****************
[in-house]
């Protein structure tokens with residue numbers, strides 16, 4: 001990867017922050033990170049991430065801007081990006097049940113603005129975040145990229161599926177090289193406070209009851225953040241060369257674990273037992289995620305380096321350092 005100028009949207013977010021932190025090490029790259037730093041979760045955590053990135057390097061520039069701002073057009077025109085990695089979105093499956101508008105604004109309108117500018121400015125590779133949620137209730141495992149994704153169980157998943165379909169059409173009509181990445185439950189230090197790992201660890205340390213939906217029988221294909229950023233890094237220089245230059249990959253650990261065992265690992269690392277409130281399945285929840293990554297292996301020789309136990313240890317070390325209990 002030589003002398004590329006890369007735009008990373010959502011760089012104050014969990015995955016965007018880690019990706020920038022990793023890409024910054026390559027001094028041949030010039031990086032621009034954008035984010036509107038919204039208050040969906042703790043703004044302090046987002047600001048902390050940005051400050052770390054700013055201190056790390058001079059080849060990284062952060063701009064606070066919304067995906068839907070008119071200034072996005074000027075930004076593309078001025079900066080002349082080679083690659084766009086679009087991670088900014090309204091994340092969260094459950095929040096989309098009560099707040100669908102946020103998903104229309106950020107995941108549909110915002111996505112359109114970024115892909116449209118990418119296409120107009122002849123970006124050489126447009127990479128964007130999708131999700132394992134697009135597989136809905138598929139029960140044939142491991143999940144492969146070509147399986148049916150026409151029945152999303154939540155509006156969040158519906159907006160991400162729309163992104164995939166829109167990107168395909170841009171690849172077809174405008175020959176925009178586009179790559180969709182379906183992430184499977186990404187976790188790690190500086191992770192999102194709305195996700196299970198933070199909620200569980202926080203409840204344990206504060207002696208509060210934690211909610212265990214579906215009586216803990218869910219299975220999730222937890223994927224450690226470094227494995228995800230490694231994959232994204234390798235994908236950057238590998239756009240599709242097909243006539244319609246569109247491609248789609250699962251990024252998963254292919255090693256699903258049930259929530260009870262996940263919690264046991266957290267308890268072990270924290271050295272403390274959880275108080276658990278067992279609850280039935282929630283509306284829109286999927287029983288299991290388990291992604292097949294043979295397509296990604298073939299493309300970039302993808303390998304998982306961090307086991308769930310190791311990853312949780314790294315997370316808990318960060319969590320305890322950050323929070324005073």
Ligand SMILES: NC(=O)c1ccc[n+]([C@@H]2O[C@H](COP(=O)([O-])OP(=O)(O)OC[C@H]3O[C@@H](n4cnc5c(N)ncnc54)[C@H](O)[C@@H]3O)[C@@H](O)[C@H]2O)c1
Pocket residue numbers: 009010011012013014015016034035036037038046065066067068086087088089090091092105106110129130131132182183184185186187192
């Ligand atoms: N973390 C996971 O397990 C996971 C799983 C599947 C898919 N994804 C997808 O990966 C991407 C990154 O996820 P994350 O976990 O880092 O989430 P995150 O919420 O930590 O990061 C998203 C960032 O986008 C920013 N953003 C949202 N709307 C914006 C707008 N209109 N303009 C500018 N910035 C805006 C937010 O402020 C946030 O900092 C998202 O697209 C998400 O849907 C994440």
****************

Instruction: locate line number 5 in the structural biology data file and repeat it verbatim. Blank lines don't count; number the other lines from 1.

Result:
């Ligand atoms: N973390 C996971 O397990 C996971 C799983 C599947 C898919 N994804 C997808 O990966 C991407 C990154 O996820 P994350 O976990 O880092 O989430 P995150 O919420 O930590 O990061 C998203 C960032 O986008 C920013 N953003 C949202 N709307 C914006 C707008 N209109 N303009 C500018 N910035 C805006 C937010 O402020 C946030 O900092 C998202 O697209 C998400 O849907 C994440």